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Painting Black/African Faces

Mark Bannerman


To continue on my quest for varying types of skin tones, I made my first attempt at painting an African subject using oils paints. I figured I would get around to doing this subject at some point to depict an Ethiopian militia figure on a North Africa vignette with a few Italian soldiers.

I made reference to an article written by Kevin Golden in a back issue of Historical Miniatures and also made some reference to several MM figure articles by Phil Kessling - both Masters in this art form. Having  read these articles, I found them extremely intricate and complex - certainly beyond my abilities - but you simply cannot argue with their results !

The Readers' Digest version of their technique calls for the blending and feathering technique with mixes of Raw Umber, Olive Green, Naples Yellow and Lamp Black and a fifth colour of a dark-purplish colour mixed from blue and black. The idea which they suggest is laying in deep shadows of Lamp or Mars Black, apply a base of Raw Umber mixed with a dash of Olive Green, highlight with a mix of Naples Yellow with Olive Green/Raw Umber and high highlight with Raw Umber and Naples Yellow.
Then details are addressed by applying deep shadows again in pure Mars Black and high-highlights in Naples Yellow mixed with Titanium White.

I am no where near this level of competence and painting skill and quite frankly, I don't really aspire to either. The works of Stephen Muller, Bill Horan, Mike Black and Phil Kessling among others is another art form altogether. The end result which I am - and most armour buffs are - looking for is that the figures complement the piece of armour, does not take too much time to paint, not too many colour mixes and that it looks right when it is all said and done. My philosophy is to keep it real
simple. If I can attain this, then I am perfectly satisfied.

I opted not to try their technique and make a try by finding a far simpler method. I studied my box of oil paints and started to dabble around using various brown tones. I found that Burnt Umber was a pleasing colour which I could alternatively lighten or darken. Therefore, this was the chosen base colour. For shadowing, I decided to use Mars Black because it is a nice soft black with a hint of blue. For highlights, I opted for Gold Ochre as this does contain some green pigmentation. Essentially, I followed Kevin and Phil's colour guide but only on the peripheral. I don't see any justification in buying $7 tubes of colour only to use a dab in a lifetime. So I work with what I have.On a sheet of plastics, I placed three blobs (the size of a crushed pea)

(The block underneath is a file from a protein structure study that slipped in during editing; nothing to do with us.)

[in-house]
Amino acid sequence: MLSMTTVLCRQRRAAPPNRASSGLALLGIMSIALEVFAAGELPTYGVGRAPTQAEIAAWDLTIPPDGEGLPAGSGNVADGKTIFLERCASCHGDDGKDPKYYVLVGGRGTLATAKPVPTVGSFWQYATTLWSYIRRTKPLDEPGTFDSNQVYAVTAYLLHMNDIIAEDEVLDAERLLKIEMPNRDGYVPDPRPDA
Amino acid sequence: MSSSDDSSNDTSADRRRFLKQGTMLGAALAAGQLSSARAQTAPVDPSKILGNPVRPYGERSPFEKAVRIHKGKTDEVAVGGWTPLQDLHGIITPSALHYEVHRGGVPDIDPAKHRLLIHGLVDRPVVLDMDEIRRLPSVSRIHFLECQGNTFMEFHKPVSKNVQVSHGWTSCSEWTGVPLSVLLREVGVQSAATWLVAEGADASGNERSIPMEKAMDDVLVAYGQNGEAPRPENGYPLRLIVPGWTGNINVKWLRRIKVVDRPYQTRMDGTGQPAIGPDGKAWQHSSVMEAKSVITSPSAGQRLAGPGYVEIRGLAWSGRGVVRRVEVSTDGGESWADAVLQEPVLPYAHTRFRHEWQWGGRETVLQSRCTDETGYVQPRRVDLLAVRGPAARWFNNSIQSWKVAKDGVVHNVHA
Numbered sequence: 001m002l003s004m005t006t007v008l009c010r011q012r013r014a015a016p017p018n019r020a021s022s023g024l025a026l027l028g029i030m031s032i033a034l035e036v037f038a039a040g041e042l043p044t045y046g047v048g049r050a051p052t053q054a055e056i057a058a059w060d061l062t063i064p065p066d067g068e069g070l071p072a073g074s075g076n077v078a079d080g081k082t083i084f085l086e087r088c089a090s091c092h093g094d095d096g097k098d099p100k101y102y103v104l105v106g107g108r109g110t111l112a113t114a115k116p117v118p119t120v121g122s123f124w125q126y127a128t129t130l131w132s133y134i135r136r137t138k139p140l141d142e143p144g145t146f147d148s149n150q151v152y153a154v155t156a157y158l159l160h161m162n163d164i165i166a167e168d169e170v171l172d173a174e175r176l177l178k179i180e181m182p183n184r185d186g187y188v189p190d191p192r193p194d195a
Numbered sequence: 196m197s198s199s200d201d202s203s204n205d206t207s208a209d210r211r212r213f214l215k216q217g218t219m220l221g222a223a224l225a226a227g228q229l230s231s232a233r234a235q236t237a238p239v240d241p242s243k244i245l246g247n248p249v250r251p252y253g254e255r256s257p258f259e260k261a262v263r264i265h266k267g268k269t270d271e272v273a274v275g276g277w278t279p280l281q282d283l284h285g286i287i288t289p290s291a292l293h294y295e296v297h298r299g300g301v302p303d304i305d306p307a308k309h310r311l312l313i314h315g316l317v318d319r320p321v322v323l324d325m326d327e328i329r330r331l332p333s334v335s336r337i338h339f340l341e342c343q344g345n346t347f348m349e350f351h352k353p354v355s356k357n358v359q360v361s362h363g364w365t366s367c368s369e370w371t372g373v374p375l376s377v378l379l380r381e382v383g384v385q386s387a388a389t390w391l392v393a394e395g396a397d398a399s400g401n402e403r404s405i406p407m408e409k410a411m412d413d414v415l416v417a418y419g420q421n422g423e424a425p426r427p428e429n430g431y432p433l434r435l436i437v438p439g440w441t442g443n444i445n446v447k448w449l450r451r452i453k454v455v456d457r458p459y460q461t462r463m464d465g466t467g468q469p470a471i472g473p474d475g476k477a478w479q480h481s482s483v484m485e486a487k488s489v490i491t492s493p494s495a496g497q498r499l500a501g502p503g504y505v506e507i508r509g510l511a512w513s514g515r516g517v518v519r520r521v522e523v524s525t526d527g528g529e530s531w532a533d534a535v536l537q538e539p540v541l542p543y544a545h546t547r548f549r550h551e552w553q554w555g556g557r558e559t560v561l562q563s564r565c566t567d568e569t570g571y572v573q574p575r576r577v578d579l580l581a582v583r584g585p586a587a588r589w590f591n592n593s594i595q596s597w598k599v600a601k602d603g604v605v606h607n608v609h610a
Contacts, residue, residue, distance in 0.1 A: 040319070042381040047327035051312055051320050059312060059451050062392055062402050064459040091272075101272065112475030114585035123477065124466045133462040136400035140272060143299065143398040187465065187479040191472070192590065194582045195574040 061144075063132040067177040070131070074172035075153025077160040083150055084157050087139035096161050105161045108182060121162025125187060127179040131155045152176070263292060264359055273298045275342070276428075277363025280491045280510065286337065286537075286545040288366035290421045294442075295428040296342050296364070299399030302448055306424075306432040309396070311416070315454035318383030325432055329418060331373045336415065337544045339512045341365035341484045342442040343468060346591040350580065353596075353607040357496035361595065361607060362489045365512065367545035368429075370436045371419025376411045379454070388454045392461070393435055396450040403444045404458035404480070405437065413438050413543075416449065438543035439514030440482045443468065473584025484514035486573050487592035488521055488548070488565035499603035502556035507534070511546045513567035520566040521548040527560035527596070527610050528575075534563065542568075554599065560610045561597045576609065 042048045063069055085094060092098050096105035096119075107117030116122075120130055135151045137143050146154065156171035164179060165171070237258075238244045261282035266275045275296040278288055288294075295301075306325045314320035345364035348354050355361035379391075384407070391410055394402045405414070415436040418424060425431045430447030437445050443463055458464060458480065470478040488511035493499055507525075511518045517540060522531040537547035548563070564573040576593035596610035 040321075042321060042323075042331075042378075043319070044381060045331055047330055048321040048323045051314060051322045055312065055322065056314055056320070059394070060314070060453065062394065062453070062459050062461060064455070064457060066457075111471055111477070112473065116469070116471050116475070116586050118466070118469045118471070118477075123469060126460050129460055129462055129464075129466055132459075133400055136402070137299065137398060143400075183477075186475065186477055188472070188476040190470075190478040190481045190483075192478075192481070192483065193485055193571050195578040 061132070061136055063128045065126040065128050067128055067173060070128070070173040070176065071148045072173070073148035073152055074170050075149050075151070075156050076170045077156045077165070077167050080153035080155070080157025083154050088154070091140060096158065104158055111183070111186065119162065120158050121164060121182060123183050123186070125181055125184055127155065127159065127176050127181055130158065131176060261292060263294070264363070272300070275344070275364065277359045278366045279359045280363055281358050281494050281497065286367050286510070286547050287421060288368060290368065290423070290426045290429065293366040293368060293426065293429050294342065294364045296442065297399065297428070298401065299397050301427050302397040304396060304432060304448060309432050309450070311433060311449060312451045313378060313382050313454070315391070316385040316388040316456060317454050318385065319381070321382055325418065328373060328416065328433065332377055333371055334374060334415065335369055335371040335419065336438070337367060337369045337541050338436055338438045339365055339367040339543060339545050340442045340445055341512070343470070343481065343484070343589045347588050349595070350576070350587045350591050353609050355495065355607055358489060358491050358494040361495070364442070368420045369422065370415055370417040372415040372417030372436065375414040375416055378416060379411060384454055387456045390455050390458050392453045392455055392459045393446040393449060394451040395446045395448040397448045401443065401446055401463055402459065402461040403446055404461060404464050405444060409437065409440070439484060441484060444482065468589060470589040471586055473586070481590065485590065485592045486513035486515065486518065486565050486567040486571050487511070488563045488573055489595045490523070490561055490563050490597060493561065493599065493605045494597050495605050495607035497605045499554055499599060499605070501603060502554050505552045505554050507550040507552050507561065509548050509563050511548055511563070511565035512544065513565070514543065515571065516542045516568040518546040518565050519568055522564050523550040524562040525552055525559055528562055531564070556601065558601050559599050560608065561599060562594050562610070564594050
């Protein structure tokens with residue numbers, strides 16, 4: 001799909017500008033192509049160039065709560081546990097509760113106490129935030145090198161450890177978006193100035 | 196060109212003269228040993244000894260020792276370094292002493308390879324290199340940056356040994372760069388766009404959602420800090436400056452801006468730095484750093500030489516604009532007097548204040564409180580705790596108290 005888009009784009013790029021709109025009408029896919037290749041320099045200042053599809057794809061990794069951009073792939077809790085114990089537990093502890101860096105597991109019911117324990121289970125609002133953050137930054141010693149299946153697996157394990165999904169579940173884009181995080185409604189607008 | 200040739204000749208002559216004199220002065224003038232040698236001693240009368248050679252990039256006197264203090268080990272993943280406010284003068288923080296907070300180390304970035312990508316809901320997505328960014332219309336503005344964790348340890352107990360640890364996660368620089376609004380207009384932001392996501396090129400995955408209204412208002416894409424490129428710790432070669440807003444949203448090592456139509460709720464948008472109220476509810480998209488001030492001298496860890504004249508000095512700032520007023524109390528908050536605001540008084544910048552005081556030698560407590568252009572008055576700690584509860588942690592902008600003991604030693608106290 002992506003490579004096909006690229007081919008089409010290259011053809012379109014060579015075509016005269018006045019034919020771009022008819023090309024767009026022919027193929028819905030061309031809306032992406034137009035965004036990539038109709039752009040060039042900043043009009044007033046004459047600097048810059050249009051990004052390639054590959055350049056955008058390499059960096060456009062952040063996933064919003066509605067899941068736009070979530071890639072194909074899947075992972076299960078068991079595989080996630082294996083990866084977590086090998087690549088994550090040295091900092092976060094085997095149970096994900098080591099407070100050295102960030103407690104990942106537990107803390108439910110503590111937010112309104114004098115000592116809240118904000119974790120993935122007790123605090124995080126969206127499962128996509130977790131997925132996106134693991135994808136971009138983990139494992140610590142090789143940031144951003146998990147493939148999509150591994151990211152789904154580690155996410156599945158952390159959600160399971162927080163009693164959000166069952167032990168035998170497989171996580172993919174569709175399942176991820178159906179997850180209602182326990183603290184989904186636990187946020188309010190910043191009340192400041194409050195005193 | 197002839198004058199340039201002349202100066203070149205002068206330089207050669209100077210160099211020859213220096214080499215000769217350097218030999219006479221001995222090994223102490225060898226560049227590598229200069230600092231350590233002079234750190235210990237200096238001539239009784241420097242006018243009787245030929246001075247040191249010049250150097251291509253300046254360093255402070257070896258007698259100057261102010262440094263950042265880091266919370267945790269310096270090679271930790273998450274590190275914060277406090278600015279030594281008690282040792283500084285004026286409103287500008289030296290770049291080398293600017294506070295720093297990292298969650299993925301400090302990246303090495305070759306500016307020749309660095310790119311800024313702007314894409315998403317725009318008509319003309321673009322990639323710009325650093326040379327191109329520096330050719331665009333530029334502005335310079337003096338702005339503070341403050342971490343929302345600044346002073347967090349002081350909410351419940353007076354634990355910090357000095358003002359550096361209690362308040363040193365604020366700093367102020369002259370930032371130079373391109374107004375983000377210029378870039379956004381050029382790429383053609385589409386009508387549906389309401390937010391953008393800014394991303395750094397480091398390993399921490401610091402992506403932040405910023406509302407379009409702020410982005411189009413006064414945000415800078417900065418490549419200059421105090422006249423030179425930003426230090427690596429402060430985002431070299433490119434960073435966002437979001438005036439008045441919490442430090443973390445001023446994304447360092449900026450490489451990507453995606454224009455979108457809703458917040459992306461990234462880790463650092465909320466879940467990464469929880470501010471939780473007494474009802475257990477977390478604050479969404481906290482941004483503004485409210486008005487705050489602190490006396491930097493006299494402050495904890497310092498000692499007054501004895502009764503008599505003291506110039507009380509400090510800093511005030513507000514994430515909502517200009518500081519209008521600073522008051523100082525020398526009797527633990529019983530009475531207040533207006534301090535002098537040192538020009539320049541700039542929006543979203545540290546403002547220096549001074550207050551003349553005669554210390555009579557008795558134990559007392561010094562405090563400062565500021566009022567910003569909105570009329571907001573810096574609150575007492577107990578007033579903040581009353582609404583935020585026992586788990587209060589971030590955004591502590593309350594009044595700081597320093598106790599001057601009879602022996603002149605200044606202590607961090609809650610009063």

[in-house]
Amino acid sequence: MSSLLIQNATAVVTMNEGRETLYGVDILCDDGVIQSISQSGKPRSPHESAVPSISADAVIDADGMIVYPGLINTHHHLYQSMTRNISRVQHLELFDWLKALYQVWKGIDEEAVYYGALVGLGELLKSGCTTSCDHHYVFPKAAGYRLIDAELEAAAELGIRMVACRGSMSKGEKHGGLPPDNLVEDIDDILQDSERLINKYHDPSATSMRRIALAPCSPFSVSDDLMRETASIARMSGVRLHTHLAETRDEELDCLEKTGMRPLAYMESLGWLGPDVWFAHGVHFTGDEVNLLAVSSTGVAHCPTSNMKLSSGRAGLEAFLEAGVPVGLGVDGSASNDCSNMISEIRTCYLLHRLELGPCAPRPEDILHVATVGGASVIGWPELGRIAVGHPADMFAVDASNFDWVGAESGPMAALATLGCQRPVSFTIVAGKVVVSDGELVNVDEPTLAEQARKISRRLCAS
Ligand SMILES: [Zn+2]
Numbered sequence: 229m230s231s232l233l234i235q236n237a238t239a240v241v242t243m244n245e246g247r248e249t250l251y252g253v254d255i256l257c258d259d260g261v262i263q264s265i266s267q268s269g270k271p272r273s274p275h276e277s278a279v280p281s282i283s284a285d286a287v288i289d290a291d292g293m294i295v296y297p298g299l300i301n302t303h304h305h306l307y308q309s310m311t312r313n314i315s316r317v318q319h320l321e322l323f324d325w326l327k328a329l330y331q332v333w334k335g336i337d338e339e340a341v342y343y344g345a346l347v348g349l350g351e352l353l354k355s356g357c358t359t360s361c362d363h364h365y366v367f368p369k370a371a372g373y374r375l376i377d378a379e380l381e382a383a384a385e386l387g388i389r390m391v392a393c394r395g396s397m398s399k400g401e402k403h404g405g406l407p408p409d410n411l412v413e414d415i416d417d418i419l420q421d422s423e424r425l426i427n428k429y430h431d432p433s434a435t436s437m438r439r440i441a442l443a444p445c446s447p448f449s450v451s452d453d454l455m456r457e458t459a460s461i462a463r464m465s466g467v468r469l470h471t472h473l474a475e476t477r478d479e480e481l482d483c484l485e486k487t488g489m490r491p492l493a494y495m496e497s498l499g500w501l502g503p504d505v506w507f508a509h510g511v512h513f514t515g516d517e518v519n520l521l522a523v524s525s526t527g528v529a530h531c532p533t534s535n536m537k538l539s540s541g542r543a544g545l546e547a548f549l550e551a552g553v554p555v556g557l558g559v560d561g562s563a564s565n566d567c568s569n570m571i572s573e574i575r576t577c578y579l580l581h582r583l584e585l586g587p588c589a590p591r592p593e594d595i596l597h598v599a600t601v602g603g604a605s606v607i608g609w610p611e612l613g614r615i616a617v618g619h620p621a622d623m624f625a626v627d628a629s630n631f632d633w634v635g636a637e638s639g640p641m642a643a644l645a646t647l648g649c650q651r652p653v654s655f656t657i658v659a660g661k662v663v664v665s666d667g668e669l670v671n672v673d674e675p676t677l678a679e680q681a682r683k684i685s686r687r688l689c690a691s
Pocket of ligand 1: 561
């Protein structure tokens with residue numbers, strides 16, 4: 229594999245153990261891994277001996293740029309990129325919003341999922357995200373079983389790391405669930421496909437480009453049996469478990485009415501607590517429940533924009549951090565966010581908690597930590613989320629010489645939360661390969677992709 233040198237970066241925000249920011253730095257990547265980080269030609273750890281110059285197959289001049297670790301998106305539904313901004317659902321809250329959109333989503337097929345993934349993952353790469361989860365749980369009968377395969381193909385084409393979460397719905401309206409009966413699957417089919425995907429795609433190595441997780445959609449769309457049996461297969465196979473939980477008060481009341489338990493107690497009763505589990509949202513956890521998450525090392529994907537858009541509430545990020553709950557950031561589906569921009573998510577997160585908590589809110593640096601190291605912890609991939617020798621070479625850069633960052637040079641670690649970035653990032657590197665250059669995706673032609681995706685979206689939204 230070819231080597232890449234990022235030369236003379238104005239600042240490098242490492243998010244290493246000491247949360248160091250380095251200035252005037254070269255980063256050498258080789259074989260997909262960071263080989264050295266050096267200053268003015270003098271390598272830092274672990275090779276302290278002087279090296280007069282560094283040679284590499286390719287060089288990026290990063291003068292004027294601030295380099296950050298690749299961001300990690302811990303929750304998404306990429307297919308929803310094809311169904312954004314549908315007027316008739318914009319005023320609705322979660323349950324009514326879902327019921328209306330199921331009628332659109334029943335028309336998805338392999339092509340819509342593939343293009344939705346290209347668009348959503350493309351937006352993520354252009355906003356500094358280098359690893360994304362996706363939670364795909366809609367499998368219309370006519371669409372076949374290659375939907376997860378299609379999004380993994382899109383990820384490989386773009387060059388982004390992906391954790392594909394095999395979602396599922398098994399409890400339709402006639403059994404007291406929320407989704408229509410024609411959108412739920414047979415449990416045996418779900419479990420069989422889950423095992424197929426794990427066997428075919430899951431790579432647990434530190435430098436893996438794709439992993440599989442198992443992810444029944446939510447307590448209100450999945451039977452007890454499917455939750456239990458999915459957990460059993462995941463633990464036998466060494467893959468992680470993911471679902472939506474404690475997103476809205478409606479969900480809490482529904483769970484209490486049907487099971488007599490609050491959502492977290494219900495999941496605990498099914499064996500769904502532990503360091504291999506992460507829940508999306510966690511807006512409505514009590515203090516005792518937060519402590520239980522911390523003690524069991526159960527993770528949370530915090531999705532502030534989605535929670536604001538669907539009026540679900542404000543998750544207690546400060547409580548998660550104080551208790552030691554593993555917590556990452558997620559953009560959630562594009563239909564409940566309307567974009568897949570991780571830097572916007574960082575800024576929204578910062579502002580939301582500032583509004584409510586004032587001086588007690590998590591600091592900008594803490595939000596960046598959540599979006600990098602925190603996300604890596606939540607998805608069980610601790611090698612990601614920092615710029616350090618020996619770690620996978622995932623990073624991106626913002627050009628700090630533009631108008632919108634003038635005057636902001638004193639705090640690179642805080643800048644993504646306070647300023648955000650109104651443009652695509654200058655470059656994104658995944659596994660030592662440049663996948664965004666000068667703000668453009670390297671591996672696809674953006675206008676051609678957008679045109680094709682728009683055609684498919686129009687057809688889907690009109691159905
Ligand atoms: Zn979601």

of Burnt Umber. In the first blob, I added some Mars Black (about half the size of the initial blob) for shadows, and I added similar size of Gold Ochre in the third blob for highlights. The middle blob of straight Burnt Umber took a touch of Burnt Sienna to redden it up a bit.

I cleaned up the head - a Hornet 1/35th scale offering - and primed it lightly in Tamiya Metal Primer (grey) and once dry (10 minutes), I applied a slight wash of tainted thinner of Mars Black. Let dry thoroughly (20 minutes). I took the base straight Burnt Umber (with a tad of Burnt Sienna) and applied it to the entire face. I actually stained the head by poking the paint on rather than stroking the paint on. Cover the entire face area accept where the Mars Black wash found itself in the initial wash (eye sockets, around nose, ears etc...). Let sit for an hour.